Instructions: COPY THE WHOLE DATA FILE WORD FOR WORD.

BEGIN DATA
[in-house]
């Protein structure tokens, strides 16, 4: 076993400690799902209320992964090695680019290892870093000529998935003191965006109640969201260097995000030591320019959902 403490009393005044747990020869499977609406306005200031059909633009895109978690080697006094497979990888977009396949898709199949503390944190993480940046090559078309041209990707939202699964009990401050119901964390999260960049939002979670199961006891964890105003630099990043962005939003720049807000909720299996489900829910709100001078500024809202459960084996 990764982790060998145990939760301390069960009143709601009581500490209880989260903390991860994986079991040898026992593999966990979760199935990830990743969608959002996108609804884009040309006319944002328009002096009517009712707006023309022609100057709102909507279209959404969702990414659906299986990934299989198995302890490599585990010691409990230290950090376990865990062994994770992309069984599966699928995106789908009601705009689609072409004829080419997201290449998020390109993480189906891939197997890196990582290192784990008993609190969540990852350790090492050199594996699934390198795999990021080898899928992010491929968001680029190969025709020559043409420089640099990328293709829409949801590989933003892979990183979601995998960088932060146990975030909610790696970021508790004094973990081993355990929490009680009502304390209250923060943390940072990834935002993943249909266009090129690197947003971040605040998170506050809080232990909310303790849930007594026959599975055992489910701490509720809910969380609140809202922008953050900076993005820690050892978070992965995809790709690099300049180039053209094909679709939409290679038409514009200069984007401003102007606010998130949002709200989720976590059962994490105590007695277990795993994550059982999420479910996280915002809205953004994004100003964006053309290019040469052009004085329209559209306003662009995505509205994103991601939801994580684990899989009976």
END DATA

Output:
[in-house]
């Protein structure tokens, strides 16, 4: 076993400690799902209320992964090695680019290892870093000529998935003191965006109640969201260097995000030591320019959902 403490009393005044747990020869499977609406306005200031059909633009895109978690080697006094497979990888977009396949898709199949503390944190993480940046090559078309041209990707939202699964009990401050119901964390999260960049939002979670199961006891964890105003630099990043962005939003720049807000909720299996489900829910709100001078500024809202459960084996 990764982790060998145990939760301390069960009143709601009581500490209880989260903390991860994986079991040898026992593999966990979760199935990830990743969608959002996108609804884009040309006319944002328009002096009517009712707006023309022609100057709102909507279209959404969702990414659906299986990934299989198995302890490599585990010691409990230290950090376990865990062994994770992309069984599966699928995106789908009601705009689609072409004829080419997201290449998020390109993480189906891939197997890196990582290192784990008993609190969540990852350790090492050199594996699934390198795999990021080898899928992010491929968001680029190969025709020559043409420089640099990328293709829409949801590989933003892979990183979601995998960088932060146990975030909610790696970021508790004094973990081993355990929490009680009502304390209250923060943390940072990834935002993943249909266009090129690197947003971040605040998170506050809080232990909310303790849930007594026959599975055992489910701490509720809910969380609140809202922008953050900076993005820690050892978070992965995809790709690099300049180039053209094909679709939409290679038409514009200069984007401003102007606010998130949002709200989720976590059962994490105590007695277990795993994550059982999420479910996280915002809205953004994004100003964006053309290019040469052009004085329209559209306003662009995505509205994103991601939801994580684990899989009976």